Our stress relief was a few weeks after the incident to have a massive water fight.It started out as a training but escalated to WW III Like the man says "Laughter the best medicine."

  9. #9
    exp17
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    Red face

    I argee with the CISD but, it is weird when you see your first doa. I was unfortunate enough to see two on one shift. One was in a high speed police pursuit. He was folded in half and the other hit a concrete barrier and couldn't get out of a burning truck. I'm friend with all the guy's on the shift and we just talked about it, but honestly it didn't really bother me. I think y ou need to know that you did the best you could to help your friend and that's all anyone could ask for. I do disagree about someone's comment about if you can't handle it. The first is always the worst, but you will eventually not let it bother you, except for children who doa. But my advice, clear your mind, say what you need to say, and jump back into the saddle mavrick and get airborne again.

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    Truth is...different people will handle it in different ways. Some ways work well and some ways do not.

    You have some like Mitch, that will objectify (not sure if thats a real word) a patient. That can be an okay approach IMO...so long as you don't lose sight of the fact you are dealing with a human being and not a practice manikin.

    However, you can have feelings and be an EMT/paramedic too. It's sad and difficult to see people in the conditions we see them in. Especially if it's someone you know. Try to remember why you are there...because you have received training that may help them. Do what you can to the best of your ability. Some will live and some will die.

    Dealing with your feeling afterward will be a personal choice. There is more than one choice here. CISD, family and friends, religion, coworkers, a combination of all can be good (and sometimes bad) choices. Some people don't feel the need to share it and that can be okay too, but don't feel like you have to hold it inside for fear of being ridiculed. There are people out there that will listen to you....and it doesn't make you any less of a firefighter/paramedic....and it may help you become a better one.

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    Mitch and JR, I think you guys need to relax a little bit. I wouldn't say that if you can't deal with it, you're in the wrong business. I have been in public service for a total of 7 years now, some as a "Cadet", some paid, some volunteer, and I never once had a real problem dealing with a call until this summer. I thought I was "hardened" and "experienced" enough that nothing would bother me, but for some reason, this call did. Not only did it bother me, but it nearly put me out of service for awhile. It still haunts me occasionally, but not to the point that it affects my work.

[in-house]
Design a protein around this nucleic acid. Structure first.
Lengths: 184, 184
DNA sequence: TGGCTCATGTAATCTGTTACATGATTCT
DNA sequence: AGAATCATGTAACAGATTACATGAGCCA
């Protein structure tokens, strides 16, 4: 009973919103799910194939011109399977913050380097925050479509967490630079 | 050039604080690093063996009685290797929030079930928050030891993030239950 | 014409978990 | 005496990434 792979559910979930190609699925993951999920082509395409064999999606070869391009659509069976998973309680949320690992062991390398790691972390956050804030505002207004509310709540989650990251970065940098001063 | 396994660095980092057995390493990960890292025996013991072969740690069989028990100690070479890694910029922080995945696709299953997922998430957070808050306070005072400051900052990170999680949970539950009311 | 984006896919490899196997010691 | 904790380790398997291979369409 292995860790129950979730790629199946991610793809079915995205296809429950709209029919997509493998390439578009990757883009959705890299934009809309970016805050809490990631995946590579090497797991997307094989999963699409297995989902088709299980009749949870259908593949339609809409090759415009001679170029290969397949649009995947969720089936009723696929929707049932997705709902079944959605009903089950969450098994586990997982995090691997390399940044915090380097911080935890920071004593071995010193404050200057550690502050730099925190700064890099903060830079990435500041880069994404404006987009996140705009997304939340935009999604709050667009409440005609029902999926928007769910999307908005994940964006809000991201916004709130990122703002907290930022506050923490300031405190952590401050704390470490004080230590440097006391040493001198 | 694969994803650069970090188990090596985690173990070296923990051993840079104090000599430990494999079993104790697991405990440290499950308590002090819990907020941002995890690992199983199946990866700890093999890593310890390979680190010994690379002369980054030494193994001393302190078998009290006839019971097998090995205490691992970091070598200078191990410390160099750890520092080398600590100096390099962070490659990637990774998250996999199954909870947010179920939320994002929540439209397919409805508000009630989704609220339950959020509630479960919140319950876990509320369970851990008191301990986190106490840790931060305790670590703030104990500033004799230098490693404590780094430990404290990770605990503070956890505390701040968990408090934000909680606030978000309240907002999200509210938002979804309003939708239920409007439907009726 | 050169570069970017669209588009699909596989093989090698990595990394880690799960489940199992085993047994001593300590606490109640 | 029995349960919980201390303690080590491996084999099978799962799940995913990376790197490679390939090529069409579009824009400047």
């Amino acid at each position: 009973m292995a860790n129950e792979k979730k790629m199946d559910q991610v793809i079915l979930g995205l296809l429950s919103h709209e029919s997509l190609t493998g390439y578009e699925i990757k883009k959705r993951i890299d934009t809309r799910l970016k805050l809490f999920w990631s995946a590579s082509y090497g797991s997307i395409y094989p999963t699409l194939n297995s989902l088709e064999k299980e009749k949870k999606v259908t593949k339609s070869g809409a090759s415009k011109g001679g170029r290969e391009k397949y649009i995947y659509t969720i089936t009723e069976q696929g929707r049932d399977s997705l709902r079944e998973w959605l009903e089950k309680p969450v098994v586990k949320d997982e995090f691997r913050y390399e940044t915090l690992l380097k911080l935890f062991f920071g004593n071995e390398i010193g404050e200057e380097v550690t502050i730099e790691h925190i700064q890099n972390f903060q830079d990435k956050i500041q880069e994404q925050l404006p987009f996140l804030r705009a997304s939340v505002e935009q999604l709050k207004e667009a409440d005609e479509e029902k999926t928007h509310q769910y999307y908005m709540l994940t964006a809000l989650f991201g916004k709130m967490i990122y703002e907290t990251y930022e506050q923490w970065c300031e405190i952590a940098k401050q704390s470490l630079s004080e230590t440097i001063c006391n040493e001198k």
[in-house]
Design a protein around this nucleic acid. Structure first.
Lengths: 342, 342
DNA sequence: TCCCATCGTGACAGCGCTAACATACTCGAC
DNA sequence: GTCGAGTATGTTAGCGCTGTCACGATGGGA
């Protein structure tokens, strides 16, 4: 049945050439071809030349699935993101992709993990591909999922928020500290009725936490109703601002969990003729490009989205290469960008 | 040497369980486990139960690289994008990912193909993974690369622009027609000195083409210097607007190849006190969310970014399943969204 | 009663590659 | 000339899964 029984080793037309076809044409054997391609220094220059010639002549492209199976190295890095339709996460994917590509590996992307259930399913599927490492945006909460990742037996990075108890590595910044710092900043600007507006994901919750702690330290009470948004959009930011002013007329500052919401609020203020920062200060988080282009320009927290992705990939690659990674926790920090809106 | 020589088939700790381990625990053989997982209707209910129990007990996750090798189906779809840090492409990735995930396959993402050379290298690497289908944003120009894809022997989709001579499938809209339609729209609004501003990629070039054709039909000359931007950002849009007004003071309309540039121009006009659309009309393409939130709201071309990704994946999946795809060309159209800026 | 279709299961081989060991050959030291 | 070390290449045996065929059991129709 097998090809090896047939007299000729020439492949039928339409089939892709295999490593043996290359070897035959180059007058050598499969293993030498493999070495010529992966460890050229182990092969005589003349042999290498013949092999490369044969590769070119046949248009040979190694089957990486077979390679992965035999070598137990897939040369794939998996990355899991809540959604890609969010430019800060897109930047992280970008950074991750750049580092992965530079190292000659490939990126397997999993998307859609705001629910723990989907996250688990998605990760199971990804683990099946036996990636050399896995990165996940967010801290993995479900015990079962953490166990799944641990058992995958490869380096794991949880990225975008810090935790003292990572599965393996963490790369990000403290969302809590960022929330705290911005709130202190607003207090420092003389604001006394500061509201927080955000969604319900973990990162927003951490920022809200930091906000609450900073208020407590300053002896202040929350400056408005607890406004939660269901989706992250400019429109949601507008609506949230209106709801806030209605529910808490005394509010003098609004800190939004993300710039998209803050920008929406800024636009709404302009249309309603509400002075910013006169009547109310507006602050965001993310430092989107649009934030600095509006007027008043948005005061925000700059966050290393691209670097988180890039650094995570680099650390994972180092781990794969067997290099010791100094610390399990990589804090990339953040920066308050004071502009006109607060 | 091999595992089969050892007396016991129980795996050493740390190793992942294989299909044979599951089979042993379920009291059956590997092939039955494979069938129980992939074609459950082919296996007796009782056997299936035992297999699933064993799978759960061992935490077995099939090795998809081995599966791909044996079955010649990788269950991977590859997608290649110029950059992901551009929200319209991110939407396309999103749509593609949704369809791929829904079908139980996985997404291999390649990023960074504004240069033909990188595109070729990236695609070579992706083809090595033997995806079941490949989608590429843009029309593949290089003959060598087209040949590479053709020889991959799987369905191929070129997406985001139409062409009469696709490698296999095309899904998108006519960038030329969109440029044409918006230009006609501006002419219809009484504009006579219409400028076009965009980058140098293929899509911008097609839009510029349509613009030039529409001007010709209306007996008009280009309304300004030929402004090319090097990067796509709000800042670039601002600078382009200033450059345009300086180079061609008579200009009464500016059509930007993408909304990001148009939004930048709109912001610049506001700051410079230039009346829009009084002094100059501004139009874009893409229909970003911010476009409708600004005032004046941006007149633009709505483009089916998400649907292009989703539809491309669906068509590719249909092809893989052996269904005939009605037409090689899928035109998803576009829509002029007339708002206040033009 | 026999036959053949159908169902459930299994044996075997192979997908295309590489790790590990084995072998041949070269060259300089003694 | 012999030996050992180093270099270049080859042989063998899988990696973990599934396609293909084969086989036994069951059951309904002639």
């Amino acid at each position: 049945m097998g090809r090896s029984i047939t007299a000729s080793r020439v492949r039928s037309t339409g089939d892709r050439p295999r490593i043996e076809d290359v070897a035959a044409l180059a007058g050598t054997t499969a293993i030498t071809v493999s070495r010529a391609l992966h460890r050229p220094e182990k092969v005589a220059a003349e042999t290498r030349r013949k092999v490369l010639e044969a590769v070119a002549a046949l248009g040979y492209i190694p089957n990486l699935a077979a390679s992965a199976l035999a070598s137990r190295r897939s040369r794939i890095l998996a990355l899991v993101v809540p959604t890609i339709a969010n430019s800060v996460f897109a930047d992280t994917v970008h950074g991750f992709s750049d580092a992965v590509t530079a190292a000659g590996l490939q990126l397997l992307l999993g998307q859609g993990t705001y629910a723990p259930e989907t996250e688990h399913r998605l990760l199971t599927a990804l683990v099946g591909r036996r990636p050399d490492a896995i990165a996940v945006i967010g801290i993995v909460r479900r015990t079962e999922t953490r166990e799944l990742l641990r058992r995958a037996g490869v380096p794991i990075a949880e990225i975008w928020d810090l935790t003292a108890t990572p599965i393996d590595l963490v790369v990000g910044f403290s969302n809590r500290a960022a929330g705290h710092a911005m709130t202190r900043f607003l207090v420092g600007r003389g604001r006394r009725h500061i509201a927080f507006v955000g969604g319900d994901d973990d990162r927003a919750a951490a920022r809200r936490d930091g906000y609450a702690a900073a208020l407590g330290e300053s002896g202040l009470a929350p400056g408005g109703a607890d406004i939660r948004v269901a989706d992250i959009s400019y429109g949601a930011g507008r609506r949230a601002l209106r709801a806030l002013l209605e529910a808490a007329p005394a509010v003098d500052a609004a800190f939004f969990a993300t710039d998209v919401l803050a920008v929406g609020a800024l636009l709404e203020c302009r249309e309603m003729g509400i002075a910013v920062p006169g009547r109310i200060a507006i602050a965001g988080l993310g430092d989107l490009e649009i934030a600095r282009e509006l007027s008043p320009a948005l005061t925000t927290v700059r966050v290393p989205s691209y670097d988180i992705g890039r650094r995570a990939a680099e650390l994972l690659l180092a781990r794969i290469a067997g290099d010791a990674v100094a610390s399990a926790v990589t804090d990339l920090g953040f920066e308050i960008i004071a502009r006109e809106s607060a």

99% of EMS or FIRE workers will at one time or another have a difficult call. The only things I can suggest are prayer (if you're religious), CISD, and talking to those you trust. Remember why you do this....

    Be Safe, Have fun,
    Cliff

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    I have only been a senior member of our firedepartment for 2 years, and I have only had to deal with one fatal. It was a motorcycle accident that involved a couple kids my age, and I went to highschool with them. My Buddy was like brothers with one of them, and he took it hard. he dropped out of the fire department form it because he realized he couldn't handle. Me personally, I looked to the other members of the department. The older guys that have been through it all many times. We have a bond in our department where everyone is like a big brotherhood, and we all feel safe confiding in each other. My best advice is to talk to people that have gone through it

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    Well. Thats the thing. I haven't forgotten that I am dealing with humans. I don't know if I came acrossed the wrong way at first, I do have sympathy and compassion for people. Its just that I don't let it bother me at a scene. I have a job to do and it has to get done. When I get home or back to the hall is when it bothers me, and its sickening actually to see a human mutaliated as they are sometimes they are. And all I have to say is that I have a job to do. And if I think its somebody I know, I avoid it. Infact, we are told to avoid it. It's too rough. Nobody can tell you how to deal with a thing. Everyting is different everytime, you have to "develope" your own ways to deal with it. Counseling through your deapartment may not work for you.
    Firefighter/EMT Mitch Cowen
    Hose Co. 1 1st Lieutenant
    Randolph Fire Co. Inc

  14. #14
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    I'm sorry you had this happen. In my opinion, there have been some inappropriate things expressed in this forum. I hope I don't sound like I'm preaching or watching the world through rose-colored glasses, but here are my thoughts.

    I frown upon exposing junior's/explorer's to such traumatic events. I'm 23, and started when I was 15. I was prevented from responding on a couple of calls, and you know what? It was the right thing to do.